During last night’s vice presidential debate, Kamala Harris (D-CA) cited Abraham Lincoln in arguing that President Donald Trump should not have nominated Amy Coney Barrett to fill the Supreme Court seat that was vacated by the death of Ruth Bader Ginsburg. Unfortunately for Harris, however, it has since been revealed that she was not being so honest about “Honest Abe’s” record in this situation.
“In 1864… Abraham Lincoln was up for reelection, and it was 27 days before the election, and a seat became open on the United States Supreme Court. Abraham Lincoln’s party was in charge not only of the White House but the Senate,” Harris said on the debate stage.
“But Honest Abe said, ‘It’s not the right thing to do. The American people deserve to make the decision about who will be the next president of the United States and then that person can select who will serve for a lifetime on the highest court of our land,'” she added.
— RNC Research (@RNCResearch) October 8, 2020
It has since been confirmed that Lincoln never said anything like this. The polarization of the Supreme Court is still fairly new, basically dating back to the 1973 Roe V. Wade decision. Before that, nominations to the Supreme Court typically proceeded as a matter of course, according to PJ Media.
Harris was telling the truth about Supreme Court Chief Justice Roger B. Taney dying on October 12, 1864, and Lincoln not naming a successor until after the election. However, this decision had nothing to do with allowing “the next president” to choose the nominee. Instead, Lincoln only delayed the decision because the Senate was not in session at the time of Taney’s death. That year, the Senate session ended on the Fourth of July, and did not convene again until December.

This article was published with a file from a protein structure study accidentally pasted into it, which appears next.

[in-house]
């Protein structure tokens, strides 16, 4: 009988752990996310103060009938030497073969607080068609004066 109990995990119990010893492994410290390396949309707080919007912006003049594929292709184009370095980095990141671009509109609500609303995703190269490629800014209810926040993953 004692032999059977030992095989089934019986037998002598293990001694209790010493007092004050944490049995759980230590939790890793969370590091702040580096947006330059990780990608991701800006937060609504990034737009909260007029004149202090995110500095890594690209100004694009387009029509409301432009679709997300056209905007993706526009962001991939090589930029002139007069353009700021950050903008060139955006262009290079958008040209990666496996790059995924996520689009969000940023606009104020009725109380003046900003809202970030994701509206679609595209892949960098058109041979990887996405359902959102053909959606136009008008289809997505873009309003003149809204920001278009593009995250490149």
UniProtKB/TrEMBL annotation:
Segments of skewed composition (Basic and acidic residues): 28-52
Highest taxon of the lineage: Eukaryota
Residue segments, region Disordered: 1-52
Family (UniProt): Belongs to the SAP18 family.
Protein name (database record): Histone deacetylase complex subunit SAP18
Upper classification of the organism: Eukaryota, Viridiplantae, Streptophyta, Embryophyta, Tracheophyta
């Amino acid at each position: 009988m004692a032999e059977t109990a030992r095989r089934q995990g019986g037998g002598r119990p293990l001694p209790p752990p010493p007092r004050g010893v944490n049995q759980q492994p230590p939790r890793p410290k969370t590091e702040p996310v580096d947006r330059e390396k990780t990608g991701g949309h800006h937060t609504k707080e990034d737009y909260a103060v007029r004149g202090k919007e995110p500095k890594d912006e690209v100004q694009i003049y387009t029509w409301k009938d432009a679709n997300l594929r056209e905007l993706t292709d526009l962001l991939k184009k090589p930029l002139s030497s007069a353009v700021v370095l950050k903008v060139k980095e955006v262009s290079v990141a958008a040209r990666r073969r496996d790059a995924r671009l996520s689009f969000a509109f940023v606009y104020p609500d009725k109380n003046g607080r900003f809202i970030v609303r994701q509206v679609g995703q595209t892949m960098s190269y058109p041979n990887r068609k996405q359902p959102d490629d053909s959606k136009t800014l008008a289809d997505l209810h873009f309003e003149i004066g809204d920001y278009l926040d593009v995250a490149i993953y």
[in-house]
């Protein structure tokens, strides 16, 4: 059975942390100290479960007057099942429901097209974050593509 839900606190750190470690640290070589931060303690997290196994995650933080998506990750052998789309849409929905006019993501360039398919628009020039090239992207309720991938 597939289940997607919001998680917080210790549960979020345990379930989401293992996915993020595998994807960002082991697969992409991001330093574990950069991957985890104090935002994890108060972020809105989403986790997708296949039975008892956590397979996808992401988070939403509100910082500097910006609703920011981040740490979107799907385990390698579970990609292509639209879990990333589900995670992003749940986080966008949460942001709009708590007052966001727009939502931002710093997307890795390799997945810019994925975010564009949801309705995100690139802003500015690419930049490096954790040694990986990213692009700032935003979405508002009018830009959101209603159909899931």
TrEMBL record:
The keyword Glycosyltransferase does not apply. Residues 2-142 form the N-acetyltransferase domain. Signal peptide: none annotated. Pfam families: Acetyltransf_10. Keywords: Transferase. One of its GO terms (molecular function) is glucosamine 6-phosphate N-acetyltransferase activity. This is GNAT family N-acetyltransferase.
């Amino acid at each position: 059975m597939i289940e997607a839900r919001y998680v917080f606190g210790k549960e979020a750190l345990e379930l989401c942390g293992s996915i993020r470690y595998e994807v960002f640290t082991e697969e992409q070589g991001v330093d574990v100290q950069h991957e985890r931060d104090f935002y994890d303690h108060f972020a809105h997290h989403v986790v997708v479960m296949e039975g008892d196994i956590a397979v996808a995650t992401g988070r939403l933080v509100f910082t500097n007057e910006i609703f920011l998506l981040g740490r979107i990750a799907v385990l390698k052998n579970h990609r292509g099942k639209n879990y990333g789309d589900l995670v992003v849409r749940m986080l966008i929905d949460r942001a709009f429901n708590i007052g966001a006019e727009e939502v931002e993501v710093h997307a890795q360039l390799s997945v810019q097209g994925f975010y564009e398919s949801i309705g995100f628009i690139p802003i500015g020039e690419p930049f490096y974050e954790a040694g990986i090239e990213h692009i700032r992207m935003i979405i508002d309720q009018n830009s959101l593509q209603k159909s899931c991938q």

“It was once common for the Senate to be out of session for much of the summer and fall,” Dan McLaughlin wrote for the National Review. He added that Lincoln nominated Salmon P. Chase to fill Taney’s seat on the day the Senate reconvened, and he was confirmed that very day.
In fact, historian David Donald has alleged that Lincoln strategically dangled the possibility of a Supreme Court nomination in front of Chase, a former senator, governor, secretary of the Treasury, and presidential candidate, in the hopes that he would support his reelection. It worked, as Chase did end up supporting him, and Lincoln followed through with the deal by nominating him.
This shows that contrary to what Harris said, Lincoln did not delay his Supreme Court nomination because of some big democratic principle. Instead, he only did so because the Senate was not in session, and he saw the opportunity to benefit himself politically by using the nomination strategically to reel in Chase.
So much for honesty, Kamala Harris.
This piece was written by James Samson on October 8, 2020. It originally appeared in LifeZette and is used by permission.
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